Starting Saturday Minnesotans must wear a mask in indoor public places under an executive order by Gov. Tim Walz to slow the spread of the deadly coronavirus.
The Democratic governor announced the statewide mandate at a news conference Wednesday afternoon in St. Paul. Minnesota is the 30th state in the nation to require masks in some way.
“Minnesota, we can do this,” Walz said. “This is a small sacrifice for a potential big gain.”
Anyone over the age of five-years old must wear a mask in indoor public places. Refusing to do is a petty misdemeanor punishable by a fine of no more than $100.
“They’d rather you put on a mask than write you a ticket,” Walz said.
People with disabilities, physical or mental health issues that make wearing a mask problematic are exempt from the order, but encouraged to wear a face shield. State officials are expected to distribute masks in communities wear residents may not have the resources to purchase a mask.
“My mask protects you, your mask protects me. We do this, above all because it helps to save lives,” said Lt. Gov. Peggy Flanagan, who lost her brother to COVID-19. She added that it shouldn’t be a political issue.
“I don’t want your family to go through what my family had to go through,” Flanagan said.
Jan Malcolm, health commissioner, said recent studies of mask wearing found it could have a dramatic impact on the spread of the virus.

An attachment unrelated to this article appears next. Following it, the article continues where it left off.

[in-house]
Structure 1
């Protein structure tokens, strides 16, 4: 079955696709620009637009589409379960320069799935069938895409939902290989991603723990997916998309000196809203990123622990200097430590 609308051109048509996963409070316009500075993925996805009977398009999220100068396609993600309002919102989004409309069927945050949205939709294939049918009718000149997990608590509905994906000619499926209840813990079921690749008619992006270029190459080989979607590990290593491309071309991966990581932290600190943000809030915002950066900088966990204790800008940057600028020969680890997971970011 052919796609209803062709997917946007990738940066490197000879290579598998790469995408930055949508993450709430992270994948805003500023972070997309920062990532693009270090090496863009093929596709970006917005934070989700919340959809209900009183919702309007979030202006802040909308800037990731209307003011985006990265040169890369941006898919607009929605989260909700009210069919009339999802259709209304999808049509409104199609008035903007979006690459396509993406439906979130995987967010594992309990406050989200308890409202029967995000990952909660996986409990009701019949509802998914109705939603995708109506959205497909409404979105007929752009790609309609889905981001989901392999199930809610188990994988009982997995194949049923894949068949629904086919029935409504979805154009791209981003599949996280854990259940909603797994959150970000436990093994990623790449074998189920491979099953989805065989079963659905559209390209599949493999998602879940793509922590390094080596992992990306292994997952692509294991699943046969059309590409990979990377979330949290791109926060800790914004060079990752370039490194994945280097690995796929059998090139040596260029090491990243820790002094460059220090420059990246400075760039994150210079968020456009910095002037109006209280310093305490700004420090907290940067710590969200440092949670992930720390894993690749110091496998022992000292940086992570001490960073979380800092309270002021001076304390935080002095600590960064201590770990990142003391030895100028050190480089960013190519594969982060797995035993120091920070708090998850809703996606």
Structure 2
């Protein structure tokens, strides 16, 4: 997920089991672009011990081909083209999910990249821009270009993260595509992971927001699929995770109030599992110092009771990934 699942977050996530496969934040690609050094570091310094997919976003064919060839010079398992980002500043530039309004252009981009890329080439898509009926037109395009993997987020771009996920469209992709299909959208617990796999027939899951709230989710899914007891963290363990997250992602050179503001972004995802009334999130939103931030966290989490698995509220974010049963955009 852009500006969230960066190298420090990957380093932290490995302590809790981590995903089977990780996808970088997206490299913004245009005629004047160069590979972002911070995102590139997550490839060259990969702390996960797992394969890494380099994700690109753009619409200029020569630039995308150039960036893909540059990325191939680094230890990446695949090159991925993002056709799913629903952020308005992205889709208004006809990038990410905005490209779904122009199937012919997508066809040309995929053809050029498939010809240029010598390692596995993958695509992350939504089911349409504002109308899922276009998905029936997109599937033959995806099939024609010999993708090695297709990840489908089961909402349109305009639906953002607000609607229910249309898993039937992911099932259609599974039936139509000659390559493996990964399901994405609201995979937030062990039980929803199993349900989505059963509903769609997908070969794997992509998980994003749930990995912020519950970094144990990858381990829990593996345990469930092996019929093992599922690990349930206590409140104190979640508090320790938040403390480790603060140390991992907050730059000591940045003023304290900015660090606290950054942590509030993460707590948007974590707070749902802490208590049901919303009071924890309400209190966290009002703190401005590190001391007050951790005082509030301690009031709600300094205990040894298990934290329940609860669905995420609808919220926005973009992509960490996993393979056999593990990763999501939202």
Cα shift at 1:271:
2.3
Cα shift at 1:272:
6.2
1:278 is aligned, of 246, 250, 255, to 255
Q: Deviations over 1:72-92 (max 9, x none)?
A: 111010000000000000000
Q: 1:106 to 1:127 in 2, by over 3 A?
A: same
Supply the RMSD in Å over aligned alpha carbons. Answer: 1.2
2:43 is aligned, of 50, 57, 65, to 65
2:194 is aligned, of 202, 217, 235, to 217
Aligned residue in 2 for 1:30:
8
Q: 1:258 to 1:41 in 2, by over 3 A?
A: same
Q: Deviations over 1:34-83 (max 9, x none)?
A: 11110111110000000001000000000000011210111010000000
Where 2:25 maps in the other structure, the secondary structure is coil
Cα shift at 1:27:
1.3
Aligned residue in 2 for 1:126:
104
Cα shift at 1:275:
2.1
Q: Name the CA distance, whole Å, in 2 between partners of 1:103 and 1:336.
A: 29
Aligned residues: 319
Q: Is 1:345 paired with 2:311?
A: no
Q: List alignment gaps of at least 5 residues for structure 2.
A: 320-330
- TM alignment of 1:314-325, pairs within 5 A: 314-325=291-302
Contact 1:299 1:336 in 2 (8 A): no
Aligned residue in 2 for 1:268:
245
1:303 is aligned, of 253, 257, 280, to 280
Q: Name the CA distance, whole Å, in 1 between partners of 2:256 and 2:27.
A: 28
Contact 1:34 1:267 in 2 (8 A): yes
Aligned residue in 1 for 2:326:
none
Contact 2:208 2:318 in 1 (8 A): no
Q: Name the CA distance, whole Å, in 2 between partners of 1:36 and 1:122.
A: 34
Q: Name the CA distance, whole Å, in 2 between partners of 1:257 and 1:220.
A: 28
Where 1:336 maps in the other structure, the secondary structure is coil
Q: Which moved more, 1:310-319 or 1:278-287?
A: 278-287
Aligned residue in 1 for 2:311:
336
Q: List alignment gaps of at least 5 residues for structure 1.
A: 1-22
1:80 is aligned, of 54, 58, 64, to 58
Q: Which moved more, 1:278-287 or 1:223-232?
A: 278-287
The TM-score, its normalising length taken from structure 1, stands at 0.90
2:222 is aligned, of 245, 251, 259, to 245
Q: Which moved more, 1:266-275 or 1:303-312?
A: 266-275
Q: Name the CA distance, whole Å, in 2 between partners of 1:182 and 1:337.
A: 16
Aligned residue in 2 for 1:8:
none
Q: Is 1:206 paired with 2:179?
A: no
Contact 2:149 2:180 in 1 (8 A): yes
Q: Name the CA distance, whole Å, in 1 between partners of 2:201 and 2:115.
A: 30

“Masks help control the spread of the virus through droplets and aerosols that literally come out of our mouths,” Malcolm said.
Steve Grove, commission of the state Department of Employment and Economic Development, said the mask mandate was needed to keep the economy open. He said businesses will not be required to enforce the rule, but the statewide order should help with customer compliance.
Houston White, who owns a barber shop in North Minneapolis, said wearing a mask was difficult for him to get used to at first, but he understood it was essential to keep his business open.
“As hard as it was to get used to wearing this thing, if it is going to keep my mom and my community healthy, I’m going to do it,” White said.
The blanket order across the entire state was criticized by Senate Majority Leader Paul Gazelka, R-Nisswa. He noted that many rural communities have seen few COVID-19 cases and deaths.
“Once again, I find myself asking why one-size-fits-all is the only option for a mask mandate,” Gazelka said in a statement. “Businesses and individuals are already requiring and wearing masks in most situations, so the mandate feels like a heavy-handed, broad approach that won’t work well for every situation.”
Walz’s order was praised by fellow Democratic-Farmer-Labor Party members.
“Wearing a mask is an easy way to protect our neighbors and friends, not a partisan purity test,” said House Majority Leader Ryan Winkler. “We still need to do all we can to slow the spread of this virus and keep Minnesota from becoming the latest hotspot.”
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